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socrateaser
socrateaser, Lawyer
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I own MLP's in 3 retirement accounts (1) ROTH (2)

Customer Question

I own MLP's in 3 retirement accounts (1) ROTH (2) Contributory IRA (3) IRA Rollover.. As there are 3 DIFFERENT account titles does EACH account qualify for the $1,000 UBIT tax exclusion? ..I am writing a paper so will need some references for your conclusion
Submitted: 1 year ago.
Category: Tax
Expert:  socrateaser replied 1 year ago.

Hello,

1. IRC 408 ("Individual Retirement Accounts"), subd. (a) declares a traditional IRA to be a "trust." This section applies to the "Traditional" IRA, and to any other IRA by reference.

2. IRC 408(e)(1) imposes the UBIT on an IRA trust. This section also refers to IRC 511 for the provisions related to the UBIT, and the $1,000 exemption.

3. IRC 512(b)(12) provides for the $1,000 exemption.

4. IRC 408A ("Roth IRAs") provides that except as provided for in this section, that the provisions of IRC 408 apply -- thereby imposing the same UBIT and exemption on a Roth IRA.

In short, all IRA accounts are subject to, and qualify for, the UBIT and the $1,000 exemption.

Note: The term, "contributory IRA is found nowhere in any federal statute, regulation or case law. It is commonly used to distinguish an IRA account to which the owner can contribute -- but, even this distinction is nonstandard. Consequently, the use of the "contributory" term should be avoided, in preference for "traditional," "Roth," "Rollover" (which may be either traditional or Roth), and SIMPLE.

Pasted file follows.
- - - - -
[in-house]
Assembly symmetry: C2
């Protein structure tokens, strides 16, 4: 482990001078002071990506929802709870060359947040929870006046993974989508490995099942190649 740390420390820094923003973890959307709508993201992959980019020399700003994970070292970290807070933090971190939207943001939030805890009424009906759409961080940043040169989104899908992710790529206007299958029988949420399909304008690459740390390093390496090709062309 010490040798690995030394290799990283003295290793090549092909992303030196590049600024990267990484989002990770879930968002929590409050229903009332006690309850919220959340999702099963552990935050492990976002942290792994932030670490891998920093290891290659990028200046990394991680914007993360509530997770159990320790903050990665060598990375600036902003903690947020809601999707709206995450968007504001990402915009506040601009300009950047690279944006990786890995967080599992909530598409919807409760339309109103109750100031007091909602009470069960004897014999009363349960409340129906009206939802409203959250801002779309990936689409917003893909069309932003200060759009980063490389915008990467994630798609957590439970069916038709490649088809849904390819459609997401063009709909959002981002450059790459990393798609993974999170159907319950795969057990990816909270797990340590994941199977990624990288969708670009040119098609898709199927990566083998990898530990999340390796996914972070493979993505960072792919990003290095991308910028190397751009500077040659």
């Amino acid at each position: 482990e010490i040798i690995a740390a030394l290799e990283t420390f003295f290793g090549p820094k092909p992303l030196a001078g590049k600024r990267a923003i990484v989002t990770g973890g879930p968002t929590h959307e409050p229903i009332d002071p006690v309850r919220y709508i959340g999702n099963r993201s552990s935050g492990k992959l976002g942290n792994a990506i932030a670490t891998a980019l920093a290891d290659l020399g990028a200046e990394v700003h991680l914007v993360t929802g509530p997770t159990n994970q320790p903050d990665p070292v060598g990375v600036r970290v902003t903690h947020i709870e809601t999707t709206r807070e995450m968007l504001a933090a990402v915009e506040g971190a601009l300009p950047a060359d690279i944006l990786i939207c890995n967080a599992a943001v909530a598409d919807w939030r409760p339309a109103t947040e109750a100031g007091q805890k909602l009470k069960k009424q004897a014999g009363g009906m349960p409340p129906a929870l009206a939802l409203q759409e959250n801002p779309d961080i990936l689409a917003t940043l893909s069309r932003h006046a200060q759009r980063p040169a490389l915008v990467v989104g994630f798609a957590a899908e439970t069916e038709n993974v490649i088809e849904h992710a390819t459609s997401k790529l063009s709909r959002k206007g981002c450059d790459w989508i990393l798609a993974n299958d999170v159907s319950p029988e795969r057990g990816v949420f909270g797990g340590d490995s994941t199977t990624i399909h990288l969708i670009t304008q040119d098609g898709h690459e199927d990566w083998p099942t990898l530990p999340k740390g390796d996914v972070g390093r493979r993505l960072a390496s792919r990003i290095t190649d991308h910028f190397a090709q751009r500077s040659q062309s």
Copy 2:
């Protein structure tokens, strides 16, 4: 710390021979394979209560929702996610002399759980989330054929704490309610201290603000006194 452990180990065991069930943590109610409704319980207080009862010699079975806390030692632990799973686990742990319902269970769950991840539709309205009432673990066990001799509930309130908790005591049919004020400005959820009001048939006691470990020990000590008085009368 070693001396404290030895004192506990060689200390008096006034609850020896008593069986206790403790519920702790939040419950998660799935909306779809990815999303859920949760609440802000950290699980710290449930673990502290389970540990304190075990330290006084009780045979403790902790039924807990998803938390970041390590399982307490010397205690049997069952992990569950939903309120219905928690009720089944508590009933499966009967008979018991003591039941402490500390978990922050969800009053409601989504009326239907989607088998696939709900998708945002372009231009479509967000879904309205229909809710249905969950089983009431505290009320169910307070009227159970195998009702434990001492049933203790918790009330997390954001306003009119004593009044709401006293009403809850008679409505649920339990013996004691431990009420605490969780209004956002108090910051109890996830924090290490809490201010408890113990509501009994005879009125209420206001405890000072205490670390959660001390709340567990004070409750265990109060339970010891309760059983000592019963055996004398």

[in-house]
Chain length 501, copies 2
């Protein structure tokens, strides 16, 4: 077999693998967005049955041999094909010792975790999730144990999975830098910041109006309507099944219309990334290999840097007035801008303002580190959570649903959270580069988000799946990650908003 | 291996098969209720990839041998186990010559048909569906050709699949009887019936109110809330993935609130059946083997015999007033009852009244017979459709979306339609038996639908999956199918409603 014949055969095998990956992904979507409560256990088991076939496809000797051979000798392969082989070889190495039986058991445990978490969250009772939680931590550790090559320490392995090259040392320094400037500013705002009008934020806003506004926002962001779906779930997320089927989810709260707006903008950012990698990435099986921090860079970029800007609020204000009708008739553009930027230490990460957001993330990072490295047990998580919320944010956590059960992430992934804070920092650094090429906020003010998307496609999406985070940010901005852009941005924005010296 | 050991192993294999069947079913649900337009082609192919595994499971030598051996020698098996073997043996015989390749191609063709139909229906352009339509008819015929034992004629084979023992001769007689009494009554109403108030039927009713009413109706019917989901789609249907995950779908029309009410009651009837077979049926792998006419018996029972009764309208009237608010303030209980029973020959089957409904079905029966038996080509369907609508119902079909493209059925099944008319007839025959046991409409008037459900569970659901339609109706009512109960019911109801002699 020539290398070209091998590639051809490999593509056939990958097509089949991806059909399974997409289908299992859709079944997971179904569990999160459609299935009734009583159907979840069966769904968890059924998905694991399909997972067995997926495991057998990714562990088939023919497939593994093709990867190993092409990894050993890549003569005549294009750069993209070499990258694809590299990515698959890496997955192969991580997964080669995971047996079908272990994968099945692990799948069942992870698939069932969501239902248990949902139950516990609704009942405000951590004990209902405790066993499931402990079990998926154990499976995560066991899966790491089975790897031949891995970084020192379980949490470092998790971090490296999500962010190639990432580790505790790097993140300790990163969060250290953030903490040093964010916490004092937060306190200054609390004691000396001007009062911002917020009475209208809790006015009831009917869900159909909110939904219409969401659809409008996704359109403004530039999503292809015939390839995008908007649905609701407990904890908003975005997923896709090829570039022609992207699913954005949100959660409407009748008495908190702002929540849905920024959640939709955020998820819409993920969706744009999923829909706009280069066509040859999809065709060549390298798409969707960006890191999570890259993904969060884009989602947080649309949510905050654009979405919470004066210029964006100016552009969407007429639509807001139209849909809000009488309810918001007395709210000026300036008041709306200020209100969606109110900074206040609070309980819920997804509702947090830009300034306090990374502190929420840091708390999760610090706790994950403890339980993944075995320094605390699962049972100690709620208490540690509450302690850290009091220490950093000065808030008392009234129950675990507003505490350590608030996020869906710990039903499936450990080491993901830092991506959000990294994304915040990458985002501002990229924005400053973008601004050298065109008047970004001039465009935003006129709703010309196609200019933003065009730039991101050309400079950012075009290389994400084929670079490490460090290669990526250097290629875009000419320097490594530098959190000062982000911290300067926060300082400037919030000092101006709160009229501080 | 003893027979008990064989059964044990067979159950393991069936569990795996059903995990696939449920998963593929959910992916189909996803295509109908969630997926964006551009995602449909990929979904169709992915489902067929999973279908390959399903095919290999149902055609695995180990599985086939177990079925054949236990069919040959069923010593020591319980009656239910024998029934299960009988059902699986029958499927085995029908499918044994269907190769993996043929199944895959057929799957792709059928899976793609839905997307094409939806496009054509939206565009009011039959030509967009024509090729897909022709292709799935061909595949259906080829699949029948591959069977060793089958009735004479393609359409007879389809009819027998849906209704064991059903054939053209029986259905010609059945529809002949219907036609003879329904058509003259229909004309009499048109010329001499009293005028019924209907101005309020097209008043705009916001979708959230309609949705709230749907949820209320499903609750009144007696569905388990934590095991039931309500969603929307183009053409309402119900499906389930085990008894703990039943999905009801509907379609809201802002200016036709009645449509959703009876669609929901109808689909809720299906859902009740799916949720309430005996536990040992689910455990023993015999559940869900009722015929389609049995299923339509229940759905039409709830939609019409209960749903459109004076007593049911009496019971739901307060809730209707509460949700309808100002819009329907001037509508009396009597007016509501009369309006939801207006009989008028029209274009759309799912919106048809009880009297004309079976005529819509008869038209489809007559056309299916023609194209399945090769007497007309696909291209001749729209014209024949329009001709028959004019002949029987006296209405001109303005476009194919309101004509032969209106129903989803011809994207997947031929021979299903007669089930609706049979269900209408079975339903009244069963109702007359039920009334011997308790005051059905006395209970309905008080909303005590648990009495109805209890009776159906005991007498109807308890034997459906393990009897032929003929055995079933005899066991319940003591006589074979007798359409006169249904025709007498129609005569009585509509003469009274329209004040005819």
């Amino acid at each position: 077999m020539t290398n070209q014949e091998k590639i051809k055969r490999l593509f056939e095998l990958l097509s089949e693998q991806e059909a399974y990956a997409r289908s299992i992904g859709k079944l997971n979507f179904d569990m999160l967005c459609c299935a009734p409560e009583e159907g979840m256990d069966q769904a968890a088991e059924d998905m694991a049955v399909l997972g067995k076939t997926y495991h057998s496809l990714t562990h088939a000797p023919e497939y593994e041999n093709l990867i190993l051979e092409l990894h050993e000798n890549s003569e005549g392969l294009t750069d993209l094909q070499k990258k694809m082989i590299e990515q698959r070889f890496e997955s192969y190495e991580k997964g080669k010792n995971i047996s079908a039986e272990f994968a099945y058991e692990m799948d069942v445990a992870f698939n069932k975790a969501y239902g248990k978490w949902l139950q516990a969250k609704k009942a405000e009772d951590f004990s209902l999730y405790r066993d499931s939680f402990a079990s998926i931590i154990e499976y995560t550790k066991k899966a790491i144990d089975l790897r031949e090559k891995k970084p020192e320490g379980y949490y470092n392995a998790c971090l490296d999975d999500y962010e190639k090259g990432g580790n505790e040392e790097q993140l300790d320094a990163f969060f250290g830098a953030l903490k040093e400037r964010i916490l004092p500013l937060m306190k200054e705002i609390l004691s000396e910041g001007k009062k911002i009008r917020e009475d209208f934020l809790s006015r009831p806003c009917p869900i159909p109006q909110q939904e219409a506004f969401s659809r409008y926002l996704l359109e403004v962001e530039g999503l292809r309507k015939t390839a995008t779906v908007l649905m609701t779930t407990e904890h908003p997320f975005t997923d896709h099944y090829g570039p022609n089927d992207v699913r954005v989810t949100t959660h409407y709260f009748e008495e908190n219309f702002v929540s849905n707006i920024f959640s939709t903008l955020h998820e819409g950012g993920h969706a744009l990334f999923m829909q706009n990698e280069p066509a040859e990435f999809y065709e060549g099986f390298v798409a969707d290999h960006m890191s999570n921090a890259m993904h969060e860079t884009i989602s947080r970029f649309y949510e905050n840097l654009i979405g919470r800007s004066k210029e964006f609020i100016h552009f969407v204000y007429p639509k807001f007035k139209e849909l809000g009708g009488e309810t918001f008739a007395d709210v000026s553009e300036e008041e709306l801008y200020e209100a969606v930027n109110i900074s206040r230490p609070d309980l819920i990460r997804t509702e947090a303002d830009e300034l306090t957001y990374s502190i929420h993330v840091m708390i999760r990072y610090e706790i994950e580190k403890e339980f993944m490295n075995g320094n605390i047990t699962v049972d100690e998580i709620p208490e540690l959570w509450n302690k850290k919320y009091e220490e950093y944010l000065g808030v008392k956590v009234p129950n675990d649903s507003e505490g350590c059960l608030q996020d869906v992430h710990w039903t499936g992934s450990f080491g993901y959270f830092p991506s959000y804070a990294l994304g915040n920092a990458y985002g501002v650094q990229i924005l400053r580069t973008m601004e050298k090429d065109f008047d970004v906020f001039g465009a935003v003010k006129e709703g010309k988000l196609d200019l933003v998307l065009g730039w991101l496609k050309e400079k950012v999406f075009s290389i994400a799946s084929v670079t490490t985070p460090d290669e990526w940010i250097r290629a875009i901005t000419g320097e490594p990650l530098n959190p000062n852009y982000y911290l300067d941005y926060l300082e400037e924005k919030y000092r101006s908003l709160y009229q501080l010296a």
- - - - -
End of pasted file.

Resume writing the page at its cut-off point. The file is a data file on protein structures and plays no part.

I hope I've answered your question. Please let me know if you require further clarification. And, please provide a positive feedback rating for my answer -- otherwise, I receive nothing for my efforts in your behalf.

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Customer: replied 1 year ago.
I am not clear...DOES each (3) account qualify for its own $1,000 exemption ?...Your answer does not address this ...I know that an IRA is treated as a Trust ..but am I allowed 3 $1,000 exclusions as they are titled in 3 different accounts...If the latter is true I need some support..Thanks, ***** *****
Expert:  socrateaser replied 1 year ago.

I'm not sure what you mean by "support," because what I've provided is all of the support that exists. I'll try to clarify my answer.

1. IRC 408(a) provides in relevant part: "For purposes of this section, the term 'individual retirement account' means a trust created or organized in the United States for the exclusive benefit of an individual or his beneficiaries...." This defines IRA accounts as trusts for purposes of federal tax law.

2. IRC 408(e)(1) provides in relevant part: "Notwithstanding the preceding sentence, any such account is subject to the taxes imposed by section 511 (relating to imposition of tax on unrelated business income of charitable, etc. organizations)." Here, all traditional IRAs are subjected to the UBIT imposed by IRC 511.

3. IRC 511 applies the UBIT to 501(c) tax exempt organizations, and to 401(a) trusts (including 401(k) ERISA retirement plans).